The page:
As for the D.capensis, try to give it a cooler period with lower humidity if at all possible, at least for a while. I believe that in the wild in South Africa they often go dormant in the hot summers (and occasionaly in cool winters for some forms / locations), so maybe this is what has happened with the "dead" plants - they are quite resilient usually, so keep just damp and they may well return from the roots in a few weeks to a few months from now. Also propagate frequently from seed, leaf cuttings or root cuttings to maintain them in your collection if you find that they're short-lived under your conditions.

  15. As others here have said, some pygmies seem more prone to go dormant than others, and some (e.g. D.scorpoides for me) sometimes seem to go "semi-dormant"

    I have found that placing the pots of dormant pygmies onto a tray of 2 - 7 cm (approx 1 - 3") deep slightly damp sand seems to help a lot, as it means there is a very small amount of moisture at the base of the pot to prevent complete drying out. My Drosera callistos plants were treated like this and have just emerged from dormancy, growing very healthily now! You could try pushing the bottom 1cm of pot into the sand.

    Also, while it can be a pain with pygmies, I suspect live growing moss (not sphagnum) on the pot surface may help, both as an indicator of soil moisture (it stays relatively green even if the top of the soil is quite dry, but if it starts going brown then maybe the pot is too dry) and an anti-dessicant that helps to keep the pygmy's roots and growing point cooler. The only thing is it's a constant battle to keep trimmed (I use tweezers + scissors) to avoid outgrowing the sundews!

    Also, as others here have mentioned I would recommend a larger deeper pot for many pygmies - at least 10cm (4") diameter as a minimum, to give the depth for the long roots.

    Hope this helps!

  16. Thanks for all the info everyone! I'm sowing the Drosera ordensis today, but I may try to locate plants of D.petiolaris and D.paradoxa as by most accounts these are the easiest / most tolerant species.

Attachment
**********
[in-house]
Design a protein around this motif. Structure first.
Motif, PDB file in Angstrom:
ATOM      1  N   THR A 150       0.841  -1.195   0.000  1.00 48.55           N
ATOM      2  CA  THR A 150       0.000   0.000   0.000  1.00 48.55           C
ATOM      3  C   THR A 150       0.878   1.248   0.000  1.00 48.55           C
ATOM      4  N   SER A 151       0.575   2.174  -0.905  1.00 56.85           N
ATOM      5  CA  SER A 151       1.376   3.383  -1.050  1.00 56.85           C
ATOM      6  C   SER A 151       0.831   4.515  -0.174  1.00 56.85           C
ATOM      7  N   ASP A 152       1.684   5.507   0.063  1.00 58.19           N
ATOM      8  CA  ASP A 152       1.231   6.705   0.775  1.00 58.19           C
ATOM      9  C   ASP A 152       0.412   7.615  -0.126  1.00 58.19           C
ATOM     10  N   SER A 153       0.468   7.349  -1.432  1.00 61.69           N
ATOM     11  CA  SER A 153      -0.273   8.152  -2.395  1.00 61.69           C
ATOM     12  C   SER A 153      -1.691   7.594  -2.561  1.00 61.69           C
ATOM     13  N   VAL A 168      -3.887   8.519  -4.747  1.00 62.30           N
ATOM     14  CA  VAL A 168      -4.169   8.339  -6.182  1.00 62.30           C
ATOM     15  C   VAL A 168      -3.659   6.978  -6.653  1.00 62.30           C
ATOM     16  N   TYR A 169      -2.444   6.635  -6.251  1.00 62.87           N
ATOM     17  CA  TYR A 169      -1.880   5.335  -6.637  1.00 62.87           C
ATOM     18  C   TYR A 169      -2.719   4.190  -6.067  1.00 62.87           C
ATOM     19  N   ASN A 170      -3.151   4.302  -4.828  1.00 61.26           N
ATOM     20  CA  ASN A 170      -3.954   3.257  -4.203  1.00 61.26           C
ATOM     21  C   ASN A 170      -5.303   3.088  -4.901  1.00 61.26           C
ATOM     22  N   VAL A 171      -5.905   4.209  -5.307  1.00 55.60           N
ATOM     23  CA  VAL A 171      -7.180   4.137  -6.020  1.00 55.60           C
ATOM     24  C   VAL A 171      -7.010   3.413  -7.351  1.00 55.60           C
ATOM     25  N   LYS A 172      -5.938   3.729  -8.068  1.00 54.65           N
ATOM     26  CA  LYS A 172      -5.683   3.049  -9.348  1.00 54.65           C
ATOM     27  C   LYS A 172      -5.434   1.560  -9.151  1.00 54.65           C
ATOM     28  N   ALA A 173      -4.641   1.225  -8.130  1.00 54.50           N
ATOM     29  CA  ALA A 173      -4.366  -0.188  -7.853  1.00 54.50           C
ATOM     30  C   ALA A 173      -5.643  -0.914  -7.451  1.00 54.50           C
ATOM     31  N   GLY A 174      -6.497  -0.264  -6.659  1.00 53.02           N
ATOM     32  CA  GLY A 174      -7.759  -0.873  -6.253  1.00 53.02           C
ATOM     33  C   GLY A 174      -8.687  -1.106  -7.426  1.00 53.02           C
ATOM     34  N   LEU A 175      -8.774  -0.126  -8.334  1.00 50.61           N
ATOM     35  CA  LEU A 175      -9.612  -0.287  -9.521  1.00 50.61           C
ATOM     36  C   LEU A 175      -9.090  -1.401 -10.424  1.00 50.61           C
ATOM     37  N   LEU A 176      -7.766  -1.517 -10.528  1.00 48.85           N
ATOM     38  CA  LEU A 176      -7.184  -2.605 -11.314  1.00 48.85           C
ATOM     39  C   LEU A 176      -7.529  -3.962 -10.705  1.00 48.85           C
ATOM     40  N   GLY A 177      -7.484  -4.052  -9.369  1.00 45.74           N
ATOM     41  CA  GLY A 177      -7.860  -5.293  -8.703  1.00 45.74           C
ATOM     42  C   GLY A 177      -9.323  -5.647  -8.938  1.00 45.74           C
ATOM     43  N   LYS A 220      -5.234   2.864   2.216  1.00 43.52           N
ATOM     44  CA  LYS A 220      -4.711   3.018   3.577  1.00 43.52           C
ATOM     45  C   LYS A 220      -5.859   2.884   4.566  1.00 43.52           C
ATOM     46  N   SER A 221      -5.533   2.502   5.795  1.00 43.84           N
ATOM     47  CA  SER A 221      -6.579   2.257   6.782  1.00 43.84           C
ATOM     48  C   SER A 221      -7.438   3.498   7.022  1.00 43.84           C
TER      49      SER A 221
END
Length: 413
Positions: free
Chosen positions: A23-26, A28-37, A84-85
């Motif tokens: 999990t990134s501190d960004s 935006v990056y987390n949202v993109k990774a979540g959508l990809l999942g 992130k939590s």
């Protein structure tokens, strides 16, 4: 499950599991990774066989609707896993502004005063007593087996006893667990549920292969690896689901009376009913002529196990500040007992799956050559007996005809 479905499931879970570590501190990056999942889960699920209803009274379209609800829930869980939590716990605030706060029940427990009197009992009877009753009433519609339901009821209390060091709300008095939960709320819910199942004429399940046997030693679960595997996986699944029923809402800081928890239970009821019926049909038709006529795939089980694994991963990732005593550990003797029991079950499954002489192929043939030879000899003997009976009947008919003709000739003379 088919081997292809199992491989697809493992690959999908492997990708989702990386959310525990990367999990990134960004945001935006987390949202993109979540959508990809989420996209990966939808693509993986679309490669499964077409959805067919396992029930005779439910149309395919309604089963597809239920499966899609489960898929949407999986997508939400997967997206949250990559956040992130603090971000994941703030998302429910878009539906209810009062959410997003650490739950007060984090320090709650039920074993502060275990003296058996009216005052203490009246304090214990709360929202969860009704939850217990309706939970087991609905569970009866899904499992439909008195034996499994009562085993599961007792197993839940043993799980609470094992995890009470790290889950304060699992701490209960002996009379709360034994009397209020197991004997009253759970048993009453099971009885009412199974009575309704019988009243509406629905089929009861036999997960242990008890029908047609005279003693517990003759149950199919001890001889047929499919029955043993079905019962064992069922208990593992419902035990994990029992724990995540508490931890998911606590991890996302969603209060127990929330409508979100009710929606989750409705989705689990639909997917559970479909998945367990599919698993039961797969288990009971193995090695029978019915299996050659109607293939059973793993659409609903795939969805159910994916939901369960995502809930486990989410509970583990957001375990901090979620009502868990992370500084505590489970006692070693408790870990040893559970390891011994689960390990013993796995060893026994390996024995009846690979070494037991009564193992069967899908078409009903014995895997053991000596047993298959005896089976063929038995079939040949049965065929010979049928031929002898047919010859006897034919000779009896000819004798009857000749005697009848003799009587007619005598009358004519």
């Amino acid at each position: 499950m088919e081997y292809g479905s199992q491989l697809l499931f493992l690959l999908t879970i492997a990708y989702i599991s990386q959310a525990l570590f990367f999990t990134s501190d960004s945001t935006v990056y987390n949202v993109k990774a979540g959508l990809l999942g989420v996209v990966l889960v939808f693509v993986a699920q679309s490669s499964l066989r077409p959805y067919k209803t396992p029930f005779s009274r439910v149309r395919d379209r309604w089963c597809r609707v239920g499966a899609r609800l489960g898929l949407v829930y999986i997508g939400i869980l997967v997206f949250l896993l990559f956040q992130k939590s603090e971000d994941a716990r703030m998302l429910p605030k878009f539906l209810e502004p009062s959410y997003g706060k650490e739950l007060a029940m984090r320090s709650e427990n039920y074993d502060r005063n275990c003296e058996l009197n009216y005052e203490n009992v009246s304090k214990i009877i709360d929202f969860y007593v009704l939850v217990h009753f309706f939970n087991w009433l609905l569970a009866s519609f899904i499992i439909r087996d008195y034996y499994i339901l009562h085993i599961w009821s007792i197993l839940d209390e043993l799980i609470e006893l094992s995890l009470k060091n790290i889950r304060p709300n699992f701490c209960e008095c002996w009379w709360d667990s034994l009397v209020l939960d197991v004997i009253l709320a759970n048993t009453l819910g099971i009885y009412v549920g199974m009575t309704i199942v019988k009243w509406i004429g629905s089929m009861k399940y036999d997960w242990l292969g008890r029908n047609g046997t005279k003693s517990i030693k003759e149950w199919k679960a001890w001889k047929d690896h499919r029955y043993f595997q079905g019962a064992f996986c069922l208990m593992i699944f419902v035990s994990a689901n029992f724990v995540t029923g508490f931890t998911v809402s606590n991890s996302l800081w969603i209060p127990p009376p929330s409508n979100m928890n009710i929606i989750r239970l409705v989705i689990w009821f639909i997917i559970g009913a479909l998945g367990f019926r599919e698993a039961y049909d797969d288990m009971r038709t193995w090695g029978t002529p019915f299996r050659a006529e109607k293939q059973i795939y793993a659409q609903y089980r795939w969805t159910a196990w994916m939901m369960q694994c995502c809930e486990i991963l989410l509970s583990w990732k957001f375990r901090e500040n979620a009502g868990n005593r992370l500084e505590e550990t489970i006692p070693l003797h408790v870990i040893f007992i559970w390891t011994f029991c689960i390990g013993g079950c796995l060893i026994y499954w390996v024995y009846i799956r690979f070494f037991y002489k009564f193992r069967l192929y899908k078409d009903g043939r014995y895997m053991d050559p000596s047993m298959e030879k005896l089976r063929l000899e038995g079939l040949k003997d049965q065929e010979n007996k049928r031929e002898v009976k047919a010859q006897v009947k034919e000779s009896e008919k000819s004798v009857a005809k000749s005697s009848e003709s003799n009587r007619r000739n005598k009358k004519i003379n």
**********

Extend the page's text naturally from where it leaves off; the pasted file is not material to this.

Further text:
Incidentally, Allen Lowrie in his book "Carnivorous Plants of Australia - volume 3" mentions that in habitat:

    "Temperatures are generally high and the average maximum is in the low 30s with a drop of a few degrees during the rainy season. The average minimum temperature is about 17C. Maxima of 45C are often experienced, whereas in winter temperatures as low as 0C sometimes occur on clear nights. In June 1994 I observed ice on the water in buckets early in the morning at Russ Creek on the Mitchell Plateau in the Kimberly. The hottest times are just before and after the wet season."

    (This is from page 20, in the "Perennial tropical Drosera" chapter).

    This suggests that sometimes in nature the plants can experience very low (almost freezing) temperatures occasionally - but that perhaps this would be accompanied during the day by a comparatively huge rise to 25 - 40C!! This temperature difference between night and day would probably be very difficult to reproduce in cultivation, which is why we moderate them, but I guess if the temps for your plants get too low, if you make them as high as possible the following day they may survive - a possible survival / emergency tip?! Also, I note the Mitchell Plateau (Kimberly) location he mentions for cold temps is home to Drosera kenneallyi (see page 184 if you have the above book), so maybe this species is also tolerant of temporary lower temperatures?

    Anyway, thanks again for all the help, I'm going to build a "woolly terrarium"!!! And then try to locate some plants.... :D

    P.S. My 200th CP UK forum post!! :mrgreen:

  17. Hi Jan,

    Thanks for the information. I hope to start growing the Drosera petiolaris-complex plants (also known as the "woollies"!!) soon, indeed I will be sowing some D.ordensis seeds today in a heated propagator, but I need to make a special grow area / terrarium for them first, and any ideas / hints / tips for that would be very welcome. What conditions do you grow them in?